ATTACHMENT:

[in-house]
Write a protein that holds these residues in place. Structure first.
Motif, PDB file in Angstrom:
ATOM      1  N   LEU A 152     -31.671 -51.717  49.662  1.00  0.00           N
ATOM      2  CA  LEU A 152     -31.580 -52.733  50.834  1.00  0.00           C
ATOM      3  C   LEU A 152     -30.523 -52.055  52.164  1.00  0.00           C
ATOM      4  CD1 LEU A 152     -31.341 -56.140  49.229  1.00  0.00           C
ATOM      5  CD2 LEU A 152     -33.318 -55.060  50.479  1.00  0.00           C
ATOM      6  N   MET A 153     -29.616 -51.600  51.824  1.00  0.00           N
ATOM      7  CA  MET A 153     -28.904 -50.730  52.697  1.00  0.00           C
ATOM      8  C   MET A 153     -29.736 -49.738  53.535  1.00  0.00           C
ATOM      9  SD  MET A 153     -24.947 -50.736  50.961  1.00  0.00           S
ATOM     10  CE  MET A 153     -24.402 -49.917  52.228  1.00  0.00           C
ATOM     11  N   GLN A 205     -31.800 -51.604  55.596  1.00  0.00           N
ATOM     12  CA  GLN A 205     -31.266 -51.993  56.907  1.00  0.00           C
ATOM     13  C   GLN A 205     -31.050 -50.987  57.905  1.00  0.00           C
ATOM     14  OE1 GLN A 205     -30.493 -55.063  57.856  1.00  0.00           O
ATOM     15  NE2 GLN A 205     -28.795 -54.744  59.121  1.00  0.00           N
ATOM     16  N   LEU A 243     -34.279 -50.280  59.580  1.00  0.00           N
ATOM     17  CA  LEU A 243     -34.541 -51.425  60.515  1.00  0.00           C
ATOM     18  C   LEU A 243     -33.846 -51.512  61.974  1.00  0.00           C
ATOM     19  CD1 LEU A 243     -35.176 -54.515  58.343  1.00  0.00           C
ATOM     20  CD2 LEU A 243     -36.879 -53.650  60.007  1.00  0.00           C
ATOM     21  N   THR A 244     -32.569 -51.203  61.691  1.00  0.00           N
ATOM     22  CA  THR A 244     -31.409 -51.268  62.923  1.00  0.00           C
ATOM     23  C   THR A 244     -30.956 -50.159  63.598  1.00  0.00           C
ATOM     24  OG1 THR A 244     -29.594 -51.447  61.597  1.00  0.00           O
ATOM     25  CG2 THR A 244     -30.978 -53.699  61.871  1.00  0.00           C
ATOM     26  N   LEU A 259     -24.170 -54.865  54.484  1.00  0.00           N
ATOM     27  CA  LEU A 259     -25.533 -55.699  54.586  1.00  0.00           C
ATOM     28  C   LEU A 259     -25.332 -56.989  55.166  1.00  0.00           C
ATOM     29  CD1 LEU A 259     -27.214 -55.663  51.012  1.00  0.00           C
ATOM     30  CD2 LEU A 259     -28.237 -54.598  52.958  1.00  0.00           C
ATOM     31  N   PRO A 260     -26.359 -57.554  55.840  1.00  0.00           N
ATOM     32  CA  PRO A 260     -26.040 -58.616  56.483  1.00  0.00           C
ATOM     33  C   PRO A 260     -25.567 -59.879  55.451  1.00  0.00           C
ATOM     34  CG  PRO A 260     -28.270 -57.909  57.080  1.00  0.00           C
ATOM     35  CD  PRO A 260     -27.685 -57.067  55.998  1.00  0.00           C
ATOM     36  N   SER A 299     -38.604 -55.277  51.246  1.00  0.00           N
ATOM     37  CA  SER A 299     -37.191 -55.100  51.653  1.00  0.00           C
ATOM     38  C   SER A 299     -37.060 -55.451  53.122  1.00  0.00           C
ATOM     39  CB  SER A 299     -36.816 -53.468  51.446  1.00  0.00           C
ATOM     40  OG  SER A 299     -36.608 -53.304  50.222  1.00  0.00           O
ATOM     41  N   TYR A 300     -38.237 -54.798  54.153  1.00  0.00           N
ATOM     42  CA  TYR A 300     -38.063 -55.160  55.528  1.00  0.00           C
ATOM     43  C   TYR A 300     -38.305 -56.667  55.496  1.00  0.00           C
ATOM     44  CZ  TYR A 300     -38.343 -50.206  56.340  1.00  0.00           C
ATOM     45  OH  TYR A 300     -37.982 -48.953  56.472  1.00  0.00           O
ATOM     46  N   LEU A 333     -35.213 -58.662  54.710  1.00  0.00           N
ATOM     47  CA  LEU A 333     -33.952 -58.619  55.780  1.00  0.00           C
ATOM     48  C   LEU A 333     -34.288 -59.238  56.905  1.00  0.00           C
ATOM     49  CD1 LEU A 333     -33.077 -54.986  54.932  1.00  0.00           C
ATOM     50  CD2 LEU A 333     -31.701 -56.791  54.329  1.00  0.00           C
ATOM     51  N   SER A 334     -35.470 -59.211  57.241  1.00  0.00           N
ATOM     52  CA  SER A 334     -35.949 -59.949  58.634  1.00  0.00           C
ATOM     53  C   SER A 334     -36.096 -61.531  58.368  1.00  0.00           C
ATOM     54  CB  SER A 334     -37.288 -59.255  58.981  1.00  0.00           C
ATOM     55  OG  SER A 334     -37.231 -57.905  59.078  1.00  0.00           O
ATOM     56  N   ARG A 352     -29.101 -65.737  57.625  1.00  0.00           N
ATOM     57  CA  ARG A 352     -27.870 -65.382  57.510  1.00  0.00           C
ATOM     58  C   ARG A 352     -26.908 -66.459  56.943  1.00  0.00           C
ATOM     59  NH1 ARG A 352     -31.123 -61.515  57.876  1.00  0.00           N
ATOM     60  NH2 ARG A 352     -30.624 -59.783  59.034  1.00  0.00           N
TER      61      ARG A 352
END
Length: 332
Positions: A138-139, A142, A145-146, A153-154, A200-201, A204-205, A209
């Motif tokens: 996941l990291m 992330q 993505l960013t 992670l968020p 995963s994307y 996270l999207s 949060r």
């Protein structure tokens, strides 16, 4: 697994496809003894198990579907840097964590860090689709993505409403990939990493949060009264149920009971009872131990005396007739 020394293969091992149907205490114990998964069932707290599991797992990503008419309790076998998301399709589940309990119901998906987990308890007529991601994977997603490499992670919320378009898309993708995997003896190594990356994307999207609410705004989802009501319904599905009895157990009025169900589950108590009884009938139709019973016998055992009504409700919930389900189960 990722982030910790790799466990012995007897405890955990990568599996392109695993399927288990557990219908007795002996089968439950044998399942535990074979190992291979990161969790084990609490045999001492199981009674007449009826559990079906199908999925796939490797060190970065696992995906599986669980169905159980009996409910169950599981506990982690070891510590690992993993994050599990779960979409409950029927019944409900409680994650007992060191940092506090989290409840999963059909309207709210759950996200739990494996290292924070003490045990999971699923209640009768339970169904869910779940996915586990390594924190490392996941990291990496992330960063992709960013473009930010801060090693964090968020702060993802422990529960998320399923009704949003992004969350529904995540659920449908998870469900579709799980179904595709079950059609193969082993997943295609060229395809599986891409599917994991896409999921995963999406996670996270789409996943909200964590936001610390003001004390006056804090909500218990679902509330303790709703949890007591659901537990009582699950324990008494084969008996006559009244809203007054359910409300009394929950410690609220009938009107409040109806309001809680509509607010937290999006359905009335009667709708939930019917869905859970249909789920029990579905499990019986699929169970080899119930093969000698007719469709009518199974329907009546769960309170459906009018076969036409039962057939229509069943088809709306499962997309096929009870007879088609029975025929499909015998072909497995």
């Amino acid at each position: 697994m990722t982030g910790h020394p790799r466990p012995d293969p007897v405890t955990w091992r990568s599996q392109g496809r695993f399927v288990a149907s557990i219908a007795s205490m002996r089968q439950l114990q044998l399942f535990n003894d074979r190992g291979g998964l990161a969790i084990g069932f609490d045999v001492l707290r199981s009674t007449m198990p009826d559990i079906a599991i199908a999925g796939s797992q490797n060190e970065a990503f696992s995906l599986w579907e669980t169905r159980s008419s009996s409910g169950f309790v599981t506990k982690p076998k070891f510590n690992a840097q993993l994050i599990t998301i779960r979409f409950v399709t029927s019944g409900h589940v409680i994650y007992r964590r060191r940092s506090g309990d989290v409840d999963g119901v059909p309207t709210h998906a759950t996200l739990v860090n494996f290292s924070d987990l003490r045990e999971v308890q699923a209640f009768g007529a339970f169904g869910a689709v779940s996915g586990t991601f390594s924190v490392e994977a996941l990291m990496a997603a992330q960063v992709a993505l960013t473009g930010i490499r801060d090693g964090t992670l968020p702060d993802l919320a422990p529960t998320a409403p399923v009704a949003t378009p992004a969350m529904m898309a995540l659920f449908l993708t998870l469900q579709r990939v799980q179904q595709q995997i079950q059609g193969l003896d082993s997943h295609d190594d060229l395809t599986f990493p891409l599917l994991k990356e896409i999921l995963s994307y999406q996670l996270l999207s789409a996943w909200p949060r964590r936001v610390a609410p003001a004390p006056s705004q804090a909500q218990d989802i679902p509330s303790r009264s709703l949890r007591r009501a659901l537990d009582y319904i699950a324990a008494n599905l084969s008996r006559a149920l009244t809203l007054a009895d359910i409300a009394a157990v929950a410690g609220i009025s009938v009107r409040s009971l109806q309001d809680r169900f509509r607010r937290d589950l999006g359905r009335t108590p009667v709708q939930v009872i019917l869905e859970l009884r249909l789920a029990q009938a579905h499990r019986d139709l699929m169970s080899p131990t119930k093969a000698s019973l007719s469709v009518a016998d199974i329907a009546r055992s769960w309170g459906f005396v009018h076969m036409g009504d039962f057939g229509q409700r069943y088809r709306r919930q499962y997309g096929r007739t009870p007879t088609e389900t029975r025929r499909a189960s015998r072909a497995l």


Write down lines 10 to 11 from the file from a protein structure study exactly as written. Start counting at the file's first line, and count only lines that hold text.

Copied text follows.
ATOM      7  CA  MET A 153     -28.904 -50.730  52.697  1.00  0.00           C
ATOM      8  C   MET A 153     -29.736 -49.738  53.535  1.00  0.00           C